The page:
• qrt145

    I used to haul my clothes to the laundromat (a granny cart also helps), but that was in a Manhattan neighborhood where laundromats were plentiful and this one was half a block away (I now have my own washing machine).

    I imagine around Ozone Park laundromats density is less, either because population density is lower, or a larger fraction of the people have their own washing machine (or at least washing machines in their building).

    If we want walkability and less dependence on parking, I guess we need to find ways to maximize the density of laundromats or alternatives to laundromats, but that’s not easy to retrofit. But it’s hard too to expect people to walk half a mile hauling their laundry.

  • One thing you can say in defense of single-family home ownership: it is trivial to install a washing machine on your own premises,

  • Joe R.

    We had a washing machine even back in the time I was a kid in a housing project in the 1960s. There are few apartments these days where it’s not possible to install a washing machine. Indeed, you have those stackable washer/dryer combos if you’re short on space. It’s mostly that residents either don’t want to, or can’t afford a decent machine. Most apartment buildings which don’t allow tenants to have a washing machine tend to have a laundromat on premises. Frankly, I’m surprised commercial laundromats these days get enough customers to stay in business. In fact, if loss of a few parking spots drastically affects your business, then it was probably a marginal business which was going to fail eventually anyway.

    All that said, a nice size heavy duty shopping cart can easily carry a lot of laundry or anything else quite a distance. I use mine to lug up to 100 pounds of groceries from stores about 3/4 mile away.

  • qrt145

    “Most apartment buildings which don’t allow tenants to have a washing machine tend to have a laundromat on premises.”

    This doesn’t fit my experience, but I’m very interested in seeing data. My impression is that most leases are very restrictive, often unnecessarily so.

  • My lease says no washing machine. My building has laundry in basement; buildings on either side do not. There are two busy storefront laundromats within two blocks of my apartment.

    The attraction of the large laundromat (often with parking area) is that there are always enough machines to run your family’s entire wash. My family of 4 does 8-10 loads of laundry a week, which would overflow our heavy duty shopping cart. Clothes are not as dense as groceries.

  • lop

    Well that’s why you want mixed use development. Laundry, corner stores etc…work great without much parking (one-two on street spots) if it’s on the ground floor of a mid rise residential building on a block full of that sort of density.

    As an alternative what plenty of places do is offer delivery service.

  • Joe R.

    I doubt such data even exists but from purely the standpoint of attracting tenants, I tend to think a building which either allowed washing machines, or at least had a laundromat on premises, would win. Competition would force other landlords to follow suit.

    Why exactly are washing machines prohibited in some apartments anyway? Unless the wiring is still at 1950s standards, I’m not seeing why they would need to be. Then again, in that case air conditioning wouldn’t be possible, either.

  • lop

    Competition would force other landlords to follow suit.

    Unless the wiring is still at 1950s standards

    With a low vacancy rate they don’t have much competition. Why fix up the wiring or add amenities if you can rent the apartment out for a good price anyway?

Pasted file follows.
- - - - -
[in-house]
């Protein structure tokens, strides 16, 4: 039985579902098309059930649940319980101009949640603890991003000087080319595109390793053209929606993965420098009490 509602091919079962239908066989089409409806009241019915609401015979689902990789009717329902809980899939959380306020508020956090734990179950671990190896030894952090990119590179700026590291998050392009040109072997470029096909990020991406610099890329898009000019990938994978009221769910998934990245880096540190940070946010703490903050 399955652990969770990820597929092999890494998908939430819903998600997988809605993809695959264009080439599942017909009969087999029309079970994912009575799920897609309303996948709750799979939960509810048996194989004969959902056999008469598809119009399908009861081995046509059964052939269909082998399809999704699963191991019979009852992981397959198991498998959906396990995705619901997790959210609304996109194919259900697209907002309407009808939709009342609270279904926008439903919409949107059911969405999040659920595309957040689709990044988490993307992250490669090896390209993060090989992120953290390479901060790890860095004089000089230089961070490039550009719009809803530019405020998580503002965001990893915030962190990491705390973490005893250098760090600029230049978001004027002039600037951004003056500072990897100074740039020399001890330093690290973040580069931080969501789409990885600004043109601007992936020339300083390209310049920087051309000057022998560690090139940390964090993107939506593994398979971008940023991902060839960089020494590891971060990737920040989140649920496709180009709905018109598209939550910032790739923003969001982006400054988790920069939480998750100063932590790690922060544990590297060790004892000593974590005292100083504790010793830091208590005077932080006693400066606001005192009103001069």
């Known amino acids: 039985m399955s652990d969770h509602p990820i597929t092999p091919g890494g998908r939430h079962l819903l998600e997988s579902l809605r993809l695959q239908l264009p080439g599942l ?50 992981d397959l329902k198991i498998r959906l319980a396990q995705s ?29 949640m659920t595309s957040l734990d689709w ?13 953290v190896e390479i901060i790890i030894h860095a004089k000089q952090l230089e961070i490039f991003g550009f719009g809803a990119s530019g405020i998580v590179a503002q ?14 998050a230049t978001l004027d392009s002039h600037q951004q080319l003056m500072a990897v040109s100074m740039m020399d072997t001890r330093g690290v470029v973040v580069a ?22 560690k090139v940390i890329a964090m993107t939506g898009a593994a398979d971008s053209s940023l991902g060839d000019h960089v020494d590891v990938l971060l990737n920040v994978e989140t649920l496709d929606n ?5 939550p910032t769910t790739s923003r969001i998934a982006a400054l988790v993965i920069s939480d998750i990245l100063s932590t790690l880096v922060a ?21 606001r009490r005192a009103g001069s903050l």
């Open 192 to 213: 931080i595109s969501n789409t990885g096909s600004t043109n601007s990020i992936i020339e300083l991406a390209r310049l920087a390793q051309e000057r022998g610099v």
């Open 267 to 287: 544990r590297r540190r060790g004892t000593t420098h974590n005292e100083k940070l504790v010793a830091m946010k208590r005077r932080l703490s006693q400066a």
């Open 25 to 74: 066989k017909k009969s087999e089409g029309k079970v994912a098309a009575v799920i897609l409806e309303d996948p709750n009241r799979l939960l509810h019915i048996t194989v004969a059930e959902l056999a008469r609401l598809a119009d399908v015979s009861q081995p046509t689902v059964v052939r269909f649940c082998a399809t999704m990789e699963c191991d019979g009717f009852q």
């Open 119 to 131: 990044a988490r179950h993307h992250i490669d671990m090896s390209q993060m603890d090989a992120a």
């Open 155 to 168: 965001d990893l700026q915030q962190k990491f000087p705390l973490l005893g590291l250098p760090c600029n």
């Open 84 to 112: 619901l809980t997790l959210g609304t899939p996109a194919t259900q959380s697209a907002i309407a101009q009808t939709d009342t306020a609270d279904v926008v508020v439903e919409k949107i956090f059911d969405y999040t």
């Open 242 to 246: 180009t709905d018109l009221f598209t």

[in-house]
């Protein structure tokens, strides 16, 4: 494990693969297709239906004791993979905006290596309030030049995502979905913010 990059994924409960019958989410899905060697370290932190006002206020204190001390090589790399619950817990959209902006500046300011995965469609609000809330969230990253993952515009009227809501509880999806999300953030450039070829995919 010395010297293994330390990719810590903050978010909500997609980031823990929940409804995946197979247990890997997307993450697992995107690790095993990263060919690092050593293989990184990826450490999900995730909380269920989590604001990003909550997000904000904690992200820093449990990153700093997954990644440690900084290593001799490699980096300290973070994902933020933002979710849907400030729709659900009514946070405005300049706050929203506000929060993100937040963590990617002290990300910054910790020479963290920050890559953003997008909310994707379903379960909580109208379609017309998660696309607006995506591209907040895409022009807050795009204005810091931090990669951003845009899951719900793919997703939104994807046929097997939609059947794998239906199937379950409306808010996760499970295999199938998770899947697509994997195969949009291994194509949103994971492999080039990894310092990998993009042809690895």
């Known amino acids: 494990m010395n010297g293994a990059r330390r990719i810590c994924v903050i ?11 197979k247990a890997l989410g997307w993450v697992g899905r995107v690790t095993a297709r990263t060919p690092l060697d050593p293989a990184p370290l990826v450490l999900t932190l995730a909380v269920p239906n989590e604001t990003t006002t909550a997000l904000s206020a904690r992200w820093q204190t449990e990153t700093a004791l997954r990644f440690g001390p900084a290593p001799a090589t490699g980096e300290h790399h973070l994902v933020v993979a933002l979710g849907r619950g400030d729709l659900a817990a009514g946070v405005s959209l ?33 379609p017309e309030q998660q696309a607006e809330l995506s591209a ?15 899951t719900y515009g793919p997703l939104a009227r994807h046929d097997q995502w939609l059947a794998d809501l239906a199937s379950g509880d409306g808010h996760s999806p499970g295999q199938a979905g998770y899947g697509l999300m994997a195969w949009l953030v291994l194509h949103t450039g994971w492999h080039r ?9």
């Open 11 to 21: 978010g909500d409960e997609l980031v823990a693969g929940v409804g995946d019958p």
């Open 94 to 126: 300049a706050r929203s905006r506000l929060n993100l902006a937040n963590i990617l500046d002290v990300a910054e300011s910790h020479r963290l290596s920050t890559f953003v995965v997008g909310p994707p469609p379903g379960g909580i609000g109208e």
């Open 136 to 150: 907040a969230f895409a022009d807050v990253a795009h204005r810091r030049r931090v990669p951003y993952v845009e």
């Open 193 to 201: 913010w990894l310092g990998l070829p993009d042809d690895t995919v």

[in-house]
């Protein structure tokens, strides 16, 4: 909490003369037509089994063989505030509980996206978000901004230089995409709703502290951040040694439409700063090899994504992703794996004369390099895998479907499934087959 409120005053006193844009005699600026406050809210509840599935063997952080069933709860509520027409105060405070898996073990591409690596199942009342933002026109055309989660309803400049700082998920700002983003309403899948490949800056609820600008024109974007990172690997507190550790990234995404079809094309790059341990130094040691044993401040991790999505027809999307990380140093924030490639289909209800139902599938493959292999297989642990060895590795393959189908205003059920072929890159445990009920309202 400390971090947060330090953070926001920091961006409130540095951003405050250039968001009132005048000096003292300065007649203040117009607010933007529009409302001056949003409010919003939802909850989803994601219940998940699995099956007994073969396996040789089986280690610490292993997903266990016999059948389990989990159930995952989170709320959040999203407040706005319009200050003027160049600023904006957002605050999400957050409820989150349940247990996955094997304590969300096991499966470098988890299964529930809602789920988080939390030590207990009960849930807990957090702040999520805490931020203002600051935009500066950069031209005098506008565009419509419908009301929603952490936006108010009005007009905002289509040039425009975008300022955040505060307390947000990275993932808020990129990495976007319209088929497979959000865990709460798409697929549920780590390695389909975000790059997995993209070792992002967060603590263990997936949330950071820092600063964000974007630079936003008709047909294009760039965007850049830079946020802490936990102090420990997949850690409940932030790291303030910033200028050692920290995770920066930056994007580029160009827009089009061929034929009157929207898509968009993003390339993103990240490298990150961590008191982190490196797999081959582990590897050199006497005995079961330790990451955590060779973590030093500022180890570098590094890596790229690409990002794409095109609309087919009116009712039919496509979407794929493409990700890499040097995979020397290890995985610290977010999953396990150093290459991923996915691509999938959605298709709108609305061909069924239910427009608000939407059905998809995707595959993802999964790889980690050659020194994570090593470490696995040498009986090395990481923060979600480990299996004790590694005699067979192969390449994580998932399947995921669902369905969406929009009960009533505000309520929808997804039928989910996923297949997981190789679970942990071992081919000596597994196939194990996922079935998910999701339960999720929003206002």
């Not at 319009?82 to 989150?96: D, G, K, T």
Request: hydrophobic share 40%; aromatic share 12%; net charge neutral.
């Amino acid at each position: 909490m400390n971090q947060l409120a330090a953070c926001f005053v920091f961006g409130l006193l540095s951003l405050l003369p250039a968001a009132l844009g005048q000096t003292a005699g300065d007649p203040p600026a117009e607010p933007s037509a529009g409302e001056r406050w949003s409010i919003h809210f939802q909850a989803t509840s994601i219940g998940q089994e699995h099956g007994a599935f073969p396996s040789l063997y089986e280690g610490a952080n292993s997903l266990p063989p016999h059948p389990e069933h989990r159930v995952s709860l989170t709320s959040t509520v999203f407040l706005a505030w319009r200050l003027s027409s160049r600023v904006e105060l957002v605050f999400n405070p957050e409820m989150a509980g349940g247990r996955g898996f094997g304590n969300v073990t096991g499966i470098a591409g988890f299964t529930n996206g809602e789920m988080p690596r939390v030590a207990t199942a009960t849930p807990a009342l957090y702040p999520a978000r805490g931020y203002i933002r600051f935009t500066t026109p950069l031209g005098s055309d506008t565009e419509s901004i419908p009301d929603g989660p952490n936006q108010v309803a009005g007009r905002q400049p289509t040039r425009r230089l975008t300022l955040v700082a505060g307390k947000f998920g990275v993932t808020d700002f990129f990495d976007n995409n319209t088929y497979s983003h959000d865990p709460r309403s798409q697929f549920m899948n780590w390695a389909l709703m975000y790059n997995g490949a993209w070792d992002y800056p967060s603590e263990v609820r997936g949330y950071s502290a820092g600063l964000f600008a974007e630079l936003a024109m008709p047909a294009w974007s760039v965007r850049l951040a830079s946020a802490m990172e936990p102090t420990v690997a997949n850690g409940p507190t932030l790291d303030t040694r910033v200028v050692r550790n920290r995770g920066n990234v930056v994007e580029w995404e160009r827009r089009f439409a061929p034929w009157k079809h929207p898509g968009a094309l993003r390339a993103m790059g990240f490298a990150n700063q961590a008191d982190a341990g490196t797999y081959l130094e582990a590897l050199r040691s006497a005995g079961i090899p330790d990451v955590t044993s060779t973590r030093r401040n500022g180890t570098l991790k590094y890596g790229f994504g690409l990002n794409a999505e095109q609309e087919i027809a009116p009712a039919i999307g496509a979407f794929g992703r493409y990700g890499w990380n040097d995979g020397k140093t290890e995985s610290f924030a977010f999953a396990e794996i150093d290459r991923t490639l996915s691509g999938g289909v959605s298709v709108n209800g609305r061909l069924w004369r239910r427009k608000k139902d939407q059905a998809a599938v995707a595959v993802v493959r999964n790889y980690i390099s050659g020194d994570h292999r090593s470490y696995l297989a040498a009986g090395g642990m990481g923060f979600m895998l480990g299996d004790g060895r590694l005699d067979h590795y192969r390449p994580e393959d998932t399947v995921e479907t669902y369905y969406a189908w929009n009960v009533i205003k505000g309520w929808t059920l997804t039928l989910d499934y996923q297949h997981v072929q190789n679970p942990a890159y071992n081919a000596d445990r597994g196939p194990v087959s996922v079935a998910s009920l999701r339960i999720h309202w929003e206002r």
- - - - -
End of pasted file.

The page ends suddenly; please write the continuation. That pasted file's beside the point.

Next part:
• Not true in my experience, either. For instance, my building in Woodhaven has no laundry room, and does not allow washing machines. Which is just as well, because I’d prefer going to the laundromat.

    At a laundromat you can do multiple loads of laundry at the same time; so doing four loads takes no longer than doing one load. I can hit the laundromat when it opens at 6:30am on a Saturday, do four loads, and be done by 9:00.

    By contrast, in a washing machine in your own apartment or house, you have to do the loads one by one; so doing four loads of laundry will cost you your whole day.

  • nycbikecommuter

    I tried a bike trailer and it worked out for the laundry, except in Winter 🙁 It was fun too. Now I live on 2nd floor and have no ground level storage so the trailer had to go. The nearest clean laundry is 5-6 blocks from me. I live in Maspeth by the way. A cart is not really an option, in particular in bad weather. Most laundromats that thrive in my area are the ones with own parking lots, same owners for many years. Other ones struggle. Laundromat is the only type of business I can think off that would suffer from lack of easy parking access. But in many cases it’s the owners that cause problems too. Some of these places are filthy with broken machines so we have to go further to a better one and that means driving.

  • nycbikecommuter

    I would love to do pickup and delivery for laundry, but again: the business owners make it less desirable. They never wash things the way you want. We wash a lot of our stuff cold with mild detergent and dry on low heat for long time. Lots of biking/hiking and wool clothing, etc. They will never do this right and ruin our clothes. I can’t trust them. So yeah, there are solutions to these problems but often it’s the businesses themselves that make these solutions impossible. They’re quick to complain but they’re not willing to make effort to make their services friendly and less dependent on driving.

  • Tyler

    Wiring and plumbing…. most buildings are still at 1930s standard, never mind 1950s. A co-op building I was sub-letting (renting) for 2 years was in the process of “piloting” dishwashers in the 1-bedroom units. This building was built in the late-60s. Dishwashers were verboten because of electricity and drainage loads… but the more efficient machines seem to be more palatable. Washers and dryers were definitely not allowed. Period. Another building I lived had a washer/dryer hook-up, but the dryer had to be a gas dryer — not electric (no 220-volt service and you don’t want a crappy inefficient dryer that runs on 110). Then there is the need for venting the dryer.

    All-in-all, this city is just packed with crappy buildings that are far far far from being able to accommodate anything nearing “modern conveniences.” Just having a separate circuit for a window A/C unit is pretty impressive (sadly).

  • Tyler

    Exactly. And that’s why most of us live in crapholes.

  • qrt145

    My peeve is that if the problem really is, say, the wiring, then they should say something like “no appliances over 1000 W” instead of a blanket “no dishwashers”. What if I find a dishwasher that uses a low amount of power? Conversely, what about appliance X that maybe you didn’t think to ban but actually uses more power than my dishwasher?